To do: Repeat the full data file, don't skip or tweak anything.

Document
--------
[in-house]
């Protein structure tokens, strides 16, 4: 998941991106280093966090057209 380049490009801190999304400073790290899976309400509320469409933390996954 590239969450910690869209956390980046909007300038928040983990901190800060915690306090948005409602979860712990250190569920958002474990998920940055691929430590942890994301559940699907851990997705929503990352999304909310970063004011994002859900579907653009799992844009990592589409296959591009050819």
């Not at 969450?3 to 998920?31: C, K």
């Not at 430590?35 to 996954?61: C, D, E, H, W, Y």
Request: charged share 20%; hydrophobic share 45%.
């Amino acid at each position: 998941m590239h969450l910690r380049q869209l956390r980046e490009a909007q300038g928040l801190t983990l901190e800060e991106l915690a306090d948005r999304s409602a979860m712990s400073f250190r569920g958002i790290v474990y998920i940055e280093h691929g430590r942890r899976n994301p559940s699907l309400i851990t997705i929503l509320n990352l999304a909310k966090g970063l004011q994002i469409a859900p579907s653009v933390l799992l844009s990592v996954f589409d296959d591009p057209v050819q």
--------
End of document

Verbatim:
[in-house]
């Protein structure tokens, strides 16, 4: 998941991106280093966090057209 380049490009801190999304400073790290899976309400509320469409933390996954 590239969450910690869209956390980046909007300038928040983990901190800060915690306090948005409602979860712990250190569920958002474990998920940055691929430590942890994301559940699907851990997705929503990352999304909310970063004011994002859900579907653009799992844009990592589409296959591009050819």
């Not at 969450?3 to 998920?31: C, K």
């Not at 430590?35 to 996954?61: C, D, E, H, W, Y």
Request: charged share 20%; hydrophobic share 45%.
């Amino acid at each position: 998941m590239h969450l910690r380049q869209l956390r980046e490009a909007q300038g928040l801190t983990l901190e800060e991106l915690a306090d948005r999304s409602a979860m712990s400073f250190r569920g958002i790290v474990y998920i940055e280093h691929g430590r942890r899976n994301p559940s699907l309400i851990t997705i929503l509320n990352l999304a909310k966090g970063l004011q994002i469409a859900p579907s653009v933390l799992l844009s990592v996954f589409d296959d591009p057209v050819q």